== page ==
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Ladies in Waiting: A Pictorial Review of Davis Monthan AFB (Aircraft Specials series 6055)
By Scott Wonderly, Richard Dunham
Publisher: Squadron/Signal Publications 1991 64 Pages
PDF 55 MB
Davis-Monthan, or D-M as it is more commonly known, remained a municipal airport until 4 February 1941. when it was actuated as a military training base with the mission of training bombardment aircrews for the B-18Bolo.the B-24 Liberator and the B-29 Superfortress. During this period, from 1941 to 1942. the name was changed to Tucson Air Base. Then in 1942. the base was re-dedicated as Davis-Monthan Field and in 1948 the base was officially designated Davis-Monthan Air Force Base.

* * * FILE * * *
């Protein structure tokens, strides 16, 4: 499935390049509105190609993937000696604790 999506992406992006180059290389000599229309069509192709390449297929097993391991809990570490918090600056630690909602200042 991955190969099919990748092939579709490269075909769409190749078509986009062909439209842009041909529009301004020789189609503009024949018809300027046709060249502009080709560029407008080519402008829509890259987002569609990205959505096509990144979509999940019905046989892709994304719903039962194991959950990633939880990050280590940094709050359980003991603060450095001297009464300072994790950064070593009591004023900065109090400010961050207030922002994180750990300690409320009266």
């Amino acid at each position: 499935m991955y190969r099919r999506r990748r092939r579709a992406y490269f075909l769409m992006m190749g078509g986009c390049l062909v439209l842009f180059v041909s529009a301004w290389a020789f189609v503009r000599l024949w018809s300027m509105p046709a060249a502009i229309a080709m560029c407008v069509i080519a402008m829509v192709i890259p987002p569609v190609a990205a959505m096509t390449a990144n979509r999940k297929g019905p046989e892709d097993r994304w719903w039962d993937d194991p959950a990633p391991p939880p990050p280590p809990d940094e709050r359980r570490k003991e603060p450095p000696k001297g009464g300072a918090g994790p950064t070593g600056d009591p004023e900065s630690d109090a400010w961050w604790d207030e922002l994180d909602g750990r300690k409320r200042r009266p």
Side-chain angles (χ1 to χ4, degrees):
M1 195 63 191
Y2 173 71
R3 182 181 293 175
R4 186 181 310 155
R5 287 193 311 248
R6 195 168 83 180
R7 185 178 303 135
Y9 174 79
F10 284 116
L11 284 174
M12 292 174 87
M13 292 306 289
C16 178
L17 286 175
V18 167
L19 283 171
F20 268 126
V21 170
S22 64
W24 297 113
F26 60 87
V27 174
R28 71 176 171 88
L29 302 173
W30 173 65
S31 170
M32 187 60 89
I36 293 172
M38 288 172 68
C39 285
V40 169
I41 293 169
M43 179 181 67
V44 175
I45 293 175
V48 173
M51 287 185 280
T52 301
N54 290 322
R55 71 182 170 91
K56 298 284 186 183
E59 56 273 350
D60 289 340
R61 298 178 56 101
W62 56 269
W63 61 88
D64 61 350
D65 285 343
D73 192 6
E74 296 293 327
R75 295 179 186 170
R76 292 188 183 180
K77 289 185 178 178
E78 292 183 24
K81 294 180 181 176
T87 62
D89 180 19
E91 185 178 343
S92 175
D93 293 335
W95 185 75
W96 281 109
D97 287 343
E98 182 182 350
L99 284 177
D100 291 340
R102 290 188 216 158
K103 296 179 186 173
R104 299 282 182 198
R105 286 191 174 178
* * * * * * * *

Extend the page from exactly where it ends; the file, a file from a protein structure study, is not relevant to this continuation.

When the Second World War ended. D-M training operations came to a standstill. Logistically all that remained active was a storage area for B-29s and C-47s. This area had been created by the San Antonio Air Technical Service Command immediately after V-J Day. There were two exceptional qualities that led to the decision to use D-M as an aircraft storage area. One was the very dry desert climate; the other was the soil.
The soil, or caliche as it is called, is very hard and able to support the weight of an airplane. It is also an alkaline soil which aids in deterring corrosion. These factors led the USAAF to decide that Davis-Monthan was the perfect spot to store the thousands of aircraft returning from Europe and the Pacific.
During the 1950s most of these surplus aircraft were sold for their aluminum. Scrappers lined the fences of the base with guillotines and smelting furnaces and America's once proud warplanes were reduced to aluminum ingots.